"The Passion Behind the Fashion: Cheryl Reed uncovers nuns' habits"
By Jason Toon
March 17, 2004
When Cheryl Reed was a little girl, all she knew about nuns was that they scared her. "They were all cloaked in black, they were these mysterious figures -- they freaked me out," she says.
Now Reed may be one of the nation's foremost authorities on nun life. The investigative reporter talked, walked and ate with more than 300 nuns to write Unveiled: The Hidden Lives of Nuns.
The variety of their beliefs, lifestyles and even clothing demolishes the cliche of the nun as a meekly subservient ascetic in a long black gown.
Don't ditch the habit just yet, though. Discarded by many nuns during the post-'60s cultural relaxation, the habit is making a roaring comeback, as illustrated in Unveiled by two conservative St. Louis-area orders.
The strictly cloistered Passionist Nuns, based in Ellisville, keep their heads shaved and flagellate their bare bottoms, among other intense rituals. Alton's Franciscan Sisters of the Martyrs of St. George are more open, generally working as nurses or teachers.
But both require full-dress devotion to the traditional costume, and both attract far more young members than the norm. Strict orders, Reed says, "are attractive to women who want to look like a nun. Younger women really cling to the habit. Why would they give everything up just to look like everybody else?"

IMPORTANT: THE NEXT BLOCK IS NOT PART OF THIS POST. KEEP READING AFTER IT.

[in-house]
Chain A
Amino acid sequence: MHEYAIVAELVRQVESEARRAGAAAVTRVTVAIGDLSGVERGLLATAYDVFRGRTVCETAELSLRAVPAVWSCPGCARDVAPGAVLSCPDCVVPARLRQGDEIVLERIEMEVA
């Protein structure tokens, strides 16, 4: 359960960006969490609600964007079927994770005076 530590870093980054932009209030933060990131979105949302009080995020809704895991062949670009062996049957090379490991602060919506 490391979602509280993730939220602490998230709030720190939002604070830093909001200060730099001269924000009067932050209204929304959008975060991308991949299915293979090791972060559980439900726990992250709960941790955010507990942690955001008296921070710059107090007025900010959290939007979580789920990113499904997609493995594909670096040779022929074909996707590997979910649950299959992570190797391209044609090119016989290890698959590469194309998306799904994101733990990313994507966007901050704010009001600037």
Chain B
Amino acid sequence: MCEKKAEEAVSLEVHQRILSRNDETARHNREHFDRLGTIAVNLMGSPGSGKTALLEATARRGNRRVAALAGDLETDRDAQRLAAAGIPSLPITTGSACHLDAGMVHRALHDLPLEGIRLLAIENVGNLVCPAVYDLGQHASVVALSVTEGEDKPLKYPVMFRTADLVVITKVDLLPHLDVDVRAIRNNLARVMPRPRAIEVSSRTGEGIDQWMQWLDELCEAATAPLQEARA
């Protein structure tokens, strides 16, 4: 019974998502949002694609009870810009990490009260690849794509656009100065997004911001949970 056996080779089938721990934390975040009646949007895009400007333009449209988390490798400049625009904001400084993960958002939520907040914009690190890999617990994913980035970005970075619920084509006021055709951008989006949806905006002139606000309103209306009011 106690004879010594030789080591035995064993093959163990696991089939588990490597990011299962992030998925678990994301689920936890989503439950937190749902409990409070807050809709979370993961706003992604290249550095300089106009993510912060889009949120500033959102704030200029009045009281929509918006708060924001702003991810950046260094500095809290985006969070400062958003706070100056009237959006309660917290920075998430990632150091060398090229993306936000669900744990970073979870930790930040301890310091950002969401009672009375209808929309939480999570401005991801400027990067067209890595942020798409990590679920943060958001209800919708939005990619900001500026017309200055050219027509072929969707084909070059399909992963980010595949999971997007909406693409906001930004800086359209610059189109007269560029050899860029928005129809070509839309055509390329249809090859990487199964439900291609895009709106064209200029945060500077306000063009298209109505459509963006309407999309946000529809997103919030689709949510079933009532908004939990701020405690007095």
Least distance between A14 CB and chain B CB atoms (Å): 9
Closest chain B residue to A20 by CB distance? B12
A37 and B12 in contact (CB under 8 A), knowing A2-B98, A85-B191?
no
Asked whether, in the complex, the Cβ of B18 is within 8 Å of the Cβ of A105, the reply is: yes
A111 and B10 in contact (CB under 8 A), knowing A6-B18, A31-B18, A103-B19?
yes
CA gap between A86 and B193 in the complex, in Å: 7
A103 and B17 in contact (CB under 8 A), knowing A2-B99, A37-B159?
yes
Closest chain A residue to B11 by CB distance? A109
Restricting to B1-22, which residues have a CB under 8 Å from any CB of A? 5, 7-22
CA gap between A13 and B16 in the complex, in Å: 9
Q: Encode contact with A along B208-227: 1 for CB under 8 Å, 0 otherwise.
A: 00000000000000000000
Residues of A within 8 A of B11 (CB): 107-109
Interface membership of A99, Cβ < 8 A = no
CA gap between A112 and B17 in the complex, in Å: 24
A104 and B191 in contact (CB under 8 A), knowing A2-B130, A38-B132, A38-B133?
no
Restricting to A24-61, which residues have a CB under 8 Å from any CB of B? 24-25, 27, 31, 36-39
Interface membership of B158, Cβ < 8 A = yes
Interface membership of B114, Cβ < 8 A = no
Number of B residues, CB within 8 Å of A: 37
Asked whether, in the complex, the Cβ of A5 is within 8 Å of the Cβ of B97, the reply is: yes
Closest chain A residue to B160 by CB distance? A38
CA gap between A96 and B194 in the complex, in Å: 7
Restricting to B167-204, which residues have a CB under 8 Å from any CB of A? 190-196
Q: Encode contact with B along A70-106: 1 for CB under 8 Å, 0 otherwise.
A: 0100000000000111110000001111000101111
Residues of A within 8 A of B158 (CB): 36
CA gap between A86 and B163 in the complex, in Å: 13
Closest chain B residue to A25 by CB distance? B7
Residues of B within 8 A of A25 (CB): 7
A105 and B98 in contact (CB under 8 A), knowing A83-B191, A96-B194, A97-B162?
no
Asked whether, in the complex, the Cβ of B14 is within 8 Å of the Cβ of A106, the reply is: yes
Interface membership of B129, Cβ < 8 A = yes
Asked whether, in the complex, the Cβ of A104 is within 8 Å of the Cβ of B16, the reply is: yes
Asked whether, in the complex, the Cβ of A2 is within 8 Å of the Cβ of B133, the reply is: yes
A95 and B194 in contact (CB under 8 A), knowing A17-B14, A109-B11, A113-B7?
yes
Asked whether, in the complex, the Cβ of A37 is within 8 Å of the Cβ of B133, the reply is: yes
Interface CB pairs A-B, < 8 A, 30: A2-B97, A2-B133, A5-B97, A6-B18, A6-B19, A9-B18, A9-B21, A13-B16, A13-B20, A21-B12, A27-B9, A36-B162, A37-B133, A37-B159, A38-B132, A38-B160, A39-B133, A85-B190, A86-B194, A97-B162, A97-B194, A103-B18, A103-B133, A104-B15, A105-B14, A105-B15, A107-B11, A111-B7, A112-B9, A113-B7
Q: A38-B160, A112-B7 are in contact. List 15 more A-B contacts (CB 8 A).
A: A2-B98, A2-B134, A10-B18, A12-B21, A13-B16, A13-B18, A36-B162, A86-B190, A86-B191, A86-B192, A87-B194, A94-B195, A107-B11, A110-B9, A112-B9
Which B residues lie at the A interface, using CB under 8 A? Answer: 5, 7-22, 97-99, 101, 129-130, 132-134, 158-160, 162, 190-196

But Reed found that the shift toward an ever-more-conservative Catholicism hasn't dimmed the surprising feminism of so many older nuns.
"Most of these women really feel that they live outside the male hierarchy of the church," Reed says. "Men don't run their orders. Men really don't have anything to do with their orders."
Sister Margaret Traxler, a pro-choice firebrand who runs homeless shelters for women and children in Chicago, told Reed: "Just because I took a vow of obedience doesn't mean that I can't say what I think. I'm not a puppet."
The rest of Reed's subjects could honestly say the same.
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